7. Isn’t WFF owned by Burpee now? Seem to recollect that Amos sold out a while ago. And I join in the “why pay premium prices to finance their pretty catalogue pictures” group. I have ordered from WFF and from Scheepers, and I prefer the latter. Plus, one year Scheepers got muddled and sent me the wrong tulips. When I complained gently the following spring, they gave me a coupon and a credit, so I got not only the bulbs I wanted but something extra to make up for the loss of a year. But I agree — WFF’s gifts are fabulous if overpriced.

  8. I’ve never ordered from WFF because the prices are so high, but I love their catalogs. If it’s true that Burpee owns them, then there goes any magic I might have attributed to the name. I ordered clearance plants from Dutch Gardens and was pleased with their condition on arrival. I also bought sale plants from Brent and Becky’s Bulbs – only one plant arrived dead, but it was supposed to be dormant, so they didn’t know. The others thrived. My Bluestone order came today. I have been pleased with ALL three of these places, and the prices are so much better than WFF.

  9. I too, am in love with this catalog. However, I live close enough to actually visit White Flower Farm. The nursery itself is quite unimpressive, plants are just okay – and prices are outrageous as others have mentioned. Their catalog is plant porn at its best.

    There crowning glory however as I see it, doesn’t get coverage in the catalogs. They have several mixed borders designed by Fergus Garrett (disciple of Christopher Lloyd) which are just spectacular.

  10. If memory serves, the fictitious Amos Pettingill used to write more gracefully in the olden days than does his current ghostwriter. He used to seem quirky and even a little bit genuine. Now he writes ad copy. Here’s some background on Amos:

    Thank you for mentioning the fabulous Katharine and E.B. White. I’m another person whose brain romantically associates them with WFF. By the way, I did enjoy that magazine, The Gardener, they put out briefly. Lovely illustrations.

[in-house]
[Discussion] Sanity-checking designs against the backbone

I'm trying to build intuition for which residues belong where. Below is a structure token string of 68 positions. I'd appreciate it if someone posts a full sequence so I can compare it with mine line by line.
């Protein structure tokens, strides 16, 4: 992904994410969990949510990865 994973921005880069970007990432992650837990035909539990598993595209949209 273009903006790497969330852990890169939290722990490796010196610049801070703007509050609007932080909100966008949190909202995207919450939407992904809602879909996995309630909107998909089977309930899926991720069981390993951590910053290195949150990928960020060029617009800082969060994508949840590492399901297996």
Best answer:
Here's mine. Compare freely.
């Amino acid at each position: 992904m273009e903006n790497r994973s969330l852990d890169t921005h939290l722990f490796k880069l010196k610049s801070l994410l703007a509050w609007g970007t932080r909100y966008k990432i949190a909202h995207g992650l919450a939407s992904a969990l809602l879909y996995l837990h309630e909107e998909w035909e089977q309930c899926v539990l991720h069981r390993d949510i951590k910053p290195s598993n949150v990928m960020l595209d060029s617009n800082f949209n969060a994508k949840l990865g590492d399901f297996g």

Have any GR readers visited White Flower Farm recently?

  11. I think all of us who’ve been gardening a long time got imprinted by WFF. I actually have a bleeding heart that was a giveaway at a garden program here in Madison WI in the mid 1980s. It was when David Smith, a Brit and 2nd generation horticulturalist, was WFF’s main man. I still like the catalog but have not ordered from them in years.

    And I got the same bizarre promo piece and just trashed it thinking they’d resend the correct one when someone pointed out their mistake. Of course, that never happened.

    Do you ever order tulips from Brent and Becky or Old House Gardens? They are more expensive but good specialty nurseries. I ordered Princess Irene this year from OHG because last year’s General de Wet was so fragrant I could smell it 20 feet away.

    And I love OHG descriptions and associations. I am a sucker for the intersection of gardening and history. Though I get the basics from Scheepers.

  12. The content and tone is ideal for customers but you are so right on about gearing it to the press. Someone should have done a spin on it.

    I ADORE White Flower Farm…just got my bulbs and can’t wait to overdo my hands and back! ; ) I suggest them highly to clients – – they have a true guarantee on their plants.

    I do cringe on – – won’t you enjoy an armful of tulips, a two-hour spa massage, etc.! DUH!

  13. I think WFF is still technically “family-owned” but they have become a big company, sucking up smaller ones like Shepherd Seeds and slacking off on quality everywhere. For bulbs, at least in the Pacific Northwest, I prefer Roozengaarde ( or just going to the Univ. of WA Arboretum bulb sale every fall. B & D Lilies is great for lily bulbs. I wouldn’t really consider WFF “the little guys” anymore, sadly.

  14. I’ve got to agree with Michelle- Princess Irene pales in comparison with Orange Princess- I’m getting more this year- 50 more, and 600 other various bulbs to put in-yippee!
    What a disappointment to have a dull email from WFF, that’s so odd. What were they thinking?

  15. WFF is still owned by the Wadsworth Family, who bought it from William Harris, the original owner. Yes, they did buy and dismantle Shepard’s Seeds, also the original Daffodil Mart (Brent and Becky’s original company), as well as Lewis Creek Clothing Company. All are gone with no trace left at WFF. All seem to have reformed as new companies with new names and no attachment to WFF. Ironically, they order Renee’s Garden Seeds to sell in their retail store every Spring.

    Their focus now seems to be on their meat enterprise! They sell the cookbooks of Cook’s Illustrated and are sponsoring the new Cook’s Country PBS show, both of which the Wadsworth Family have a stake in. No, they don’t think of themselves as one of the “Little Guys” but they do pride themselves on being “Family Owned”